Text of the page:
NEW YORK (CBS 2) — If you have a mobile phone, there is a good chance that you have received an unsolicited text.
As CBS 2’s Maurice DuBois reported Wednesday night, you can get anything from horoscopes to weight loss advice with a simple click, but you could also be getting something unexpected — a hidden bill.
When a text offering Wen Chao a deal to download mobile content for $9.99 a month appeared on her phone, she ignored it. But when a second one popped up – this one with a strange note about war and peace – she opened it.
“I thought, ‘Oh, maybe it’s from a friend whose number I don’t have in the contacts,’” Chao said.
Chao called her mobile carrier to block future mystery messages, and got some shocking news.
“I was told that by the act of opening the text message, I had consented to what they were trying to sell me,” she said.
That’s right. Chao was charged $9.99 for so-called “premium messaging” just by opening the text.
“It’s all very sneaky,” she said.
It’s called “phone cramming,” and the Federal Trade Commission recently filed its first case against a company for the practice.
“We’re very concerned about what we see as a growing number of complaints,” said Duane Pozza of the FTC.
But the agency also said because the charges appear on the bill as something innocuous – such as “standard rate plan,” “member fee,” or “voicemail,” only one in 20 victims realizes his or her bill has been crammed.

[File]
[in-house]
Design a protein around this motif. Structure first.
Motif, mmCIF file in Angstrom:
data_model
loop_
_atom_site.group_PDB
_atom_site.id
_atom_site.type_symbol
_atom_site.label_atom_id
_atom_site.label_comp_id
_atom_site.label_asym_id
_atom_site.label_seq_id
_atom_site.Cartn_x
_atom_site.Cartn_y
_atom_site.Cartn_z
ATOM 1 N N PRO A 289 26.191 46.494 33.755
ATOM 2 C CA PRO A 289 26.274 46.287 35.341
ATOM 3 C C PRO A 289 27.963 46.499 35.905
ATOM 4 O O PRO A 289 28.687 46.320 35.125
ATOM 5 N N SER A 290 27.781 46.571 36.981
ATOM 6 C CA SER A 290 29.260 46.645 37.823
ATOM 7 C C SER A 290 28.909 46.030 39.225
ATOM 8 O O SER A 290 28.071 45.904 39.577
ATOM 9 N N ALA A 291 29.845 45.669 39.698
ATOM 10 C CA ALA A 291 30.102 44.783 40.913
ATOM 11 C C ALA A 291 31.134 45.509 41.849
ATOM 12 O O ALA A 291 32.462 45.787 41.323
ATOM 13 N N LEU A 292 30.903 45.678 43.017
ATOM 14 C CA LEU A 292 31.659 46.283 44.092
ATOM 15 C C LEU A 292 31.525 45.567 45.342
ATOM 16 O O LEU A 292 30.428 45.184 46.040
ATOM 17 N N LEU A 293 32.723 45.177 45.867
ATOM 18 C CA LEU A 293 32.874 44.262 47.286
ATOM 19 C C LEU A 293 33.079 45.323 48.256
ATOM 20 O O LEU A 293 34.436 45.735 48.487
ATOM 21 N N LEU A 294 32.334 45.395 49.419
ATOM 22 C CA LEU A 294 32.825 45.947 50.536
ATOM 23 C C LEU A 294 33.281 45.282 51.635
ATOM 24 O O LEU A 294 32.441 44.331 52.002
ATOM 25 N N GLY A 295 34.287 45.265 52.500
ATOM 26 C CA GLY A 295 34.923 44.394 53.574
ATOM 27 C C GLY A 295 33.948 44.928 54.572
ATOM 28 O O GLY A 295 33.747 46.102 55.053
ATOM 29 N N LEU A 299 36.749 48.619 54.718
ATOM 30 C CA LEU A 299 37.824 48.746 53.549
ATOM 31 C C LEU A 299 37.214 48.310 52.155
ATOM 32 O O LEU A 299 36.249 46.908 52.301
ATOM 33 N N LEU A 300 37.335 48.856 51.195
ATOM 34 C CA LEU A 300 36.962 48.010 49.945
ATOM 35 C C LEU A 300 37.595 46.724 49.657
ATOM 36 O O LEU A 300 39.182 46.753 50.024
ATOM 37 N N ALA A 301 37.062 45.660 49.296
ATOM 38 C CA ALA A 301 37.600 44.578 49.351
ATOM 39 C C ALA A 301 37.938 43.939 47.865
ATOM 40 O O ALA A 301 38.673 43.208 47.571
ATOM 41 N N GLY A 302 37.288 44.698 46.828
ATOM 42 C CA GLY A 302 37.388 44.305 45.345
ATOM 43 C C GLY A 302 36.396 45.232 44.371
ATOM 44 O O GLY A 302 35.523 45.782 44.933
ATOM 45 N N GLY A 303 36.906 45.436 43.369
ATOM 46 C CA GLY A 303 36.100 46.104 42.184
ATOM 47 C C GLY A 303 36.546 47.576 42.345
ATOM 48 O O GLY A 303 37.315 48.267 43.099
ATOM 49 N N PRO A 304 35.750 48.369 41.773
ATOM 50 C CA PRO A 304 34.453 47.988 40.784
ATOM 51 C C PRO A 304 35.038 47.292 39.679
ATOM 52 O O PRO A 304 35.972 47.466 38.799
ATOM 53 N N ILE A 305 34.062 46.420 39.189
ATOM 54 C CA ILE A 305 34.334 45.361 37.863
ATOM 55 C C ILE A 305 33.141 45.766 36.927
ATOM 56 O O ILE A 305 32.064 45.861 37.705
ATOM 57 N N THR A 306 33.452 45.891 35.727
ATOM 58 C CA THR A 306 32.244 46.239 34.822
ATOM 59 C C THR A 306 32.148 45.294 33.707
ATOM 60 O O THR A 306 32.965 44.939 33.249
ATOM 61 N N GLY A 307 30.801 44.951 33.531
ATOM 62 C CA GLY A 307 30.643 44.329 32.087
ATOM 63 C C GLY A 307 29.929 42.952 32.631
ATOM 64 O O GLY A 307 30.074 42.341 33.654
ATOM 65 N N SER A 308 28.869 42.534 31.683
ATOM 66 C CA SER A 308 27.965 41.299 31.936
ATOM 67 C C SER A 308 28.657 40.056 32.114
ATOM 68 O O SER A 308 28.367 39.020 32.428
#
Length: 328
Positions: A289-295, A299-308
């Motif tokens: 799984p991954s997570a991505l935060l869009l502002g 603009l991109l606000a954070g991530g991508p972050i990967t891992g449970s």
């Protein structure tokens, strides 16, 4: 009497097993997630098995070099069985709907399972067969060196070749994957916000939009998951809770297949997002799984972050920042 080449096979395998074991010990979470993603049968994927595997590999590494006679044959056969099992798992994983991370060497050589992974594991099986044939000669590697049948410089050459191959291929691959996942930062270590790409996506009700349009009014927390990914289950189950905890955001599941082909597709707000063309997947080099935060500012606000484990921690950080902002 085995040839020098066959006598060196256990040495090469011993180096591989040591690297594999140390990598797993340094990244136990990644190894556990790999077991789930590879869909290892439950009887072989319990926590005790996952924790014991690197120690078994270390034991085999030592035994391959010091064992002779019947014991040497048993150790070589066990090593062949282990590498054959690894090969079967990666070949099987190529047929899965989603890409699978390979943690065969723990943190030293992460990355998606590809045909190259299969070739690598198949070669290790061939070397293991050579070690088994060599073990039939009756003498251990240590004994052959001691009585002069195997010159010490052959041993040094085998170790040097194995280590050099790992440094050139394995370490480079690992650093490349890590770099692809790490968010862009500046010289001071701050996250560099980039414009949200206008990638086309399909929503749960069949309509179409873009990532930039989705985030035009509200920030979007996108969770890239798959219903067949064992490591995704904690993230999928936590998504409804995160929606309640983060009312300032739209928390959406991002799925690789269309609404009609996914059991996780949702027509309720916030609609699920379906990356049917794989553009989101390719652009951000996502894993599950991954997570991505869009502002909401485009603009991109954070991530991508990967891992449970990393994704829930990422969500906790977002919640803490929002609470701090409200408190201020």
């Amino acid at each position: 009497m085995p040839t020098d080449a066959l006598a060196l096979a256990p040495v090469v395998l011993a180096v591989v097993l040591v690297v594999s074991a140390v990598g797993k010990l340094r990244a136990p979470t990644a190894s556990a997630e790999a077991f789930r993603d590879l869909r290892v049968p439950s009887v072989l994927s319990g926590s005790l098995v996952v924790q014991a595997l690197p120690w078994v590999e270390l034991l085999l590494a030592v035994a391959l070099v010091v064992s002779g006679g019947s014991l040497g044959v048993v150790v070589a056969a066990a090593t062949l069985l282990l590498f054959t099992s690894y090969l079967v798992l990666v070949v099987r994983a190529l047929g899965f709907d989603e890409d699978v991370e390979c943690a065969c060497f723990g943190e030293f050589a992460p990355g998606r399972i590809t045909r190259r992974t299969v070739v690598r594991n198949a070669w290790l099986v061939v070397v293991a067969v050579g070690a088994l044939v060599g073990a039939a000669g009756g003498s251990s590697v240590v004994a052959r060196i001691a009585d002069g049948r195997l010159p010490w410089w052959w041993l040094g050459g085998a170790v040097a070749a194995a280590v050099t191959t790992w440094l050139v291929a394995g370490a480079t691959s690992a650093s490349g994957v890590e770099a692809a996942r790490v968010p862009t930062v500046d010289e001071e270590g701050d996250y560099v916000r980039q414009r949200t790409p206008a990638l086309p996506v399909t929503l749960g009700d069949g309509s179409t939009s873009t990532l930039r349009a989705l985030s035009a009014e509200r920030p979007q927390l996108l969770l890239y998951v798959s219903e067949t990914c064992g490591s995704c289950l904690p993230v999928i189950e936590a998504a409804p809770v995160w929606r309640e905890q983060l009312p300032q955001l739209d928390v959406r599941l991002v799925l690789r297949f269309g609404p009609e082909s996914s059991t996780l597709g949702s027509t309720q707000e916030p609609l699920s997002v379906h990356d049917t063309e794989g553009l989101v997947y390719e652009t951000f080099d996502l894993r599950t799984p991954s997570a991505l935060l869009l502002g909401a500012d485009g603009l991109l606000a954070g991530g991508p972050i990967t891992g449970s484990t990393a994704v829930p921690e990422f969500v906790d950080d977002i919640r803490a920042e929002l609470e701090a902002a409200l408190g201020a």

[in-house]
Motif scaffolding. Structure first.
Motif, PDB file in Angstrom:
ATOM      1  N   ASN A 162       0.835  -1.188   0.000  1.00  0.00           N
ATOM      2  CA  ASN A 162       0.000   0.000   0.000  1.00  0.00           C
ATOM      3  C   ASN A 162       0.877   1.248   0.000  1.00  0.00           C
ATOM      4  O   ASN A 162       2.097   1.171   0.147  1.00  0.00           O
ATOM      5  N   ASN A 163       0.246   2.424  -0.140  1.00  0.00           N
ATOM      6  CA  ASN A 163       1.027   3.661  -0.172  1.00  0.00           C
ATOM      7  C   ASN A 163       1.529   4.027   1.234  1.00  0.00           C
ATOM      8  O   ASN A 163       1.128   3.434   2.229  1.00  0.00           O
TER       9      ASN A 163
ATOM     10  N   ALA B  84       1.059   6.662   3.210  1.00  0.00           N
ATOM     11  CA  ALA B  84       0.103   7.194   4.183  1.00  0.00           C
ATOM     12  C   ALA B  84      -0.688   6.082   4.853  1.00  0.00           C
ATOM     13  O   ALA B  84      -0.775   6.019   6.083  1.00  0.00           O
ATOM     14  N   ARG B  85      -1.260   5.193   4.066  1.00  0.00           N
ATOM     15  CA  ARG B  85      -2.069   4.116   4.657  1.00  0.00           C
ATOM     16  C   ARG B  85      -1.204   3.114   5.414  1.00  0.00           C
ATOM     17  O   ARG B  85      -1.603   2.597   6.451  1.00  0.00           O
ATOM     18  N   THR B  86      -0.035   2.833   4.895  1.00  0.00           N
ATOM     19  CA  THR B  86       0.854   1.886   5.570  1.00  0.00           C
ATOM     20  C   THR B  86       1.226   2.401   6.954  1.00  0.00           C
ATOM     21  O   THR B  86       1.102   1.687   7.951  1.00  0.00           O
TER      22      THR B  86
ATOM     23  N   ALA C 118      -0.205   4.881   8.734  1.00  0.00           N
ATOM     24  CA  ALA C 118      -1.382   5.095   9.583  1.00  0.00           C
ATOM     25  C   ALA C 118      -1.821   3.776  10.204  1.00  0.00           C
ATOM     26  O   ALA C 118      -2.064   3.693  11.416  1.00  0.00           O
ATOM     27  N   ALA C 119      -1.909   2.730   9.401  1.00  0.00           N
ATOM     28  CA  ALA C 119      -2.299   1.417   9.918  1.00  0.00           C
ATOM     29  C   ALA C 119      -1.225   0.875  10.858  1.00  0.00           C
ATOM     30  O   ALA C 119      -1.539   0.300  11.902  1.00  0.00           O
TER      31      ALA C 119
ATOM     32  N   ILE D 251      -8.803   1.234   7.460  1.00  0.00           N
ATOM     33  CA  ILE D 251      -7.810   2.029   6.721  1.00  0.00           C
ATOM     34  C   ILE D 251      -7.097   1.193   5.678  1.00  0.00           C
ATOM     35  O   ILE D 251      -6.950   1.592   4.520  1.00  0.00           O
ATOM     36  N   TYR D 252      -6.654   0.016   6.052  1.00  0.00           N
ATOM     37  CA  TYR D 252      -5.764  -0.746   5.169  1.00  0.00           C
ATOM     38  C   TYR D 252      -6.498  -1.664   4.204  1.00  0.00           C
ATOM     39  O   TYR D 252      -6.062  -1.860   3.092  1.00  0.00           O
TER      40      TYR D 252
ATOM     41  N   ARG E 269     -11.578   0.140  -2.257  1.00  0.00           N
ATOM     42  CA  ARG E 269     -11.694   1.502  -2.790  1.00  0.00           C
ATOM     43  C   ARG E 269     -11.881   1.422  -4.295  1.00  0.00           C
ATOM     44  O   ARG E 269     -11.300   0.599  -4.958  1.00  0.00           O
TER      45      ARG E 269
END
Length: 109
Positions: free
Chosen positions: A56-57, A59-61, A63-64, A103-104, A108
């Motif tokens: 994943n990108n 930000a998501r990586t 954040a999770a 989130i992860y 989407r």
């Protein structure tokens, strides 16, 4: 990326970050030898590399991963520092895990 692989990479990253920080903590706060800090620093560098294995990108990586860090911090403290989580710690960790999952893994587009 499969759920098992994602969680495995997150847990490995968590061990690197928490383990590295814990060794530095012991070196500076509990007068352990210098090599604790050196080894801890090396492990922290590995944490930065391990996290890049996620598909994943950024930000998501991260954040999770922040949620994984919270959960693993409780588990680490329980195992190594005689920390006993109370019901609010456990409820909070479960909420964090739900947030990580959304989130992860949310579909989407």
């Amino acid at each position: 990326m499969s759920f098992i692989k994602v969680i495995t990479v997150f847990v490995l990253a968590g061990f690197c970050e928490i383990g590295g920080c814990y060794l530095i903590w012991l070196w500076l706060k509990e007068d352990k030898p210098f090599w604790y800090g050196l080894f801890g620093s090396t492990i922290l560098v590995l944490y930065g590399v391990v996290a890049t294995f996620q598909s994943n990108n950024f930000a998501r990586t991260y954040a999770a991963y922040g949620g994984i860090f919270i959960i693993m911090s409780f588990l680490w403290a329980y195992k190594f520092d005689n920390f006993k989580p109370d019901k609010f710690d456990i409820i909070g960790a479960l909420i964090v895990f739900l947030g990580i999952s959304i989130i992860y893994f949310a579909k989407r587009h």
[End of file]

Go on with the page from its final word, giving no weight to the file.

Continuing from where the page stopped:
“Many consumers overlook the charges on their phone bill, so the complaints that we see really are just the tip of the iceberg,” Pozza said.
So why don’t cellphone companies make the fees easier to spot?
“If you have thousands of different kinds of services available, that wouldn’t be practical for a billing system to be able to specifically list those thousands,” said John Walls of The Wireless Association. “I mean, that would be a pretty expensive proposition.”
And Walls said people are protected by regulations that require third parties to let customers know they are being charged.
“There are certain rules of the road you have to follow here, and we’re going to work awfully hard to keep you from doing anything to our consumer if you will that’s not lawful,” he said.
Chao was able to convince her carrier to remove the charge, and had some advice for other mobile users.
“You really need to be vigilant when you pay your bills,” she said.
The government is considering requiring mobile carriers to make third-party charges more obvious. Officials said the charges are costing Americans $600 million each year.
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